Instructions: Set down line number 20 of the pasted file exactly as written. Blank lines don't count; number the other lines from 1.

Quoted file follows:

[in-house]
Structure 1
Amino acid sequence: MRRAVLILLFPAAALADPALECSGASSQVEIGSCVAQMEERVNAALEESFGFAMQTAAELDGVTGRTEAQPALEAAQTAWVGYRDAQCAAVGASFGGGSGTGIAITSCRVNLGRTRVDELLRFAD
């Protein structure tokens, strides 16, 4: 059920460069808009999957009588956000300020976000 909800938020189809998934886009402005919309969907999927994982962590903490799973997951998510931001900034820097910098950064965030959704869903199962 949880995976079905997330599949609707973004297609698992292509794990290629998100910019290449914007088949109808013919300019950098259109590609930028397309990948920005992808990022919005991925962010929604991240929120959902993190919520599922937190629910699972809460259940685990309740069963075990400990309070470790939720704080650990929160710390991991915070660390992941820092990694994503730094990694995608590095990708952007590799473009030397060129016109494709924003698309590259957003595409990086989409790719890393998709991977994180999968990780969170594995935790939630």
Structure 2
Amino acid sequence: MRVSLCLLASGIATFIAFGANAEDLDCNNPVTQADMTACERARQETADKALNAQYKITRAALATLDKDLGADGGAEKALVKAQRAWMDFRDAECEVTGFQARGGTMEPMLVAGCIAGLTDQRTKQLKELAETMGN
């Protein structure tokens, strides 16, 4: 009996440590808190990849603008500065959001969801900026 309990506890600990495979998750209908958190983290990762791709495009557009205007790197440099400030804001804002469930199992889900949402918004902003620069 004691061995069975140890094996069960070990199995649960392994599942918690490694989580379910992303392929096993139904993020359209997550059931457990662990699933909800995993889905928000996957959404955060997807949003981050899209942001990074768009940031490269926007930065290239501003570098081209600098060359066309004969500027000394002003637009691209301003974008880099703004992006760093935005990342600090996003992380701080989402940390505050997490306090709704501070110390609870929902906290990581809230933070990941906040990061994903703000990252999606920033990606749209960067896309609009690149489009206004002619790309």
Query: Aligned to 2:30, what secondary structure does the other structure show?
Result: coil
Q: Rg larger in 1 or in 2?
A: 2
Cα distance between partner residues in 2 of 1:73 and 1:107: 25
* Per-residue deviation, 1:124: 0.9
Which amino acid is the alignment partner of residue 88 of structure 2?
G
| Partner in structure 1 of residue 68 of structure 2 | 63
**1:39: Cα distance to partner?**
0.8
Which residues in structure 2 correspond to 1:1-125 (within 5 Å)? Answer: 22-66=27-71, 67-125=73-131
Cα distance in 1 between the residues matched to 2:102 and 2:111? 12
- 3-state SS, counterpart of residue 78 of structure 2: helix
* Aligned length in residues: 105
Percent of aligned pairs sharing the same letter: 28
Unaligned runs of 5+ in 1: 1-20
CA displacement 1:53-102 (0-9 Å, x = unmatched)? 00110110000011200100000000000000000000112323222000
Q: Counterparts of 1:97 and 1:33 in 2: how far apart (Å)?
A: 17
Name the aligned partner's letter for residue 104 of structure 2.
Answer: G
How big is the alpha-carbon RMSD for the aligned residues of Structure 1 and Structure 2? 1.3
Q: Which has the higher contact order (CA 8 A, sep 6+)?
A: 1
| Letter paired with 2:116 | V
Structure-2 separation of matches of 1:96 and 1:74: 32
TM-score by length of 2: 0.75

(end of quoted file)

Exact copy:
Cα distance in 1 between the residues matched to 2:102 and 2:111? 12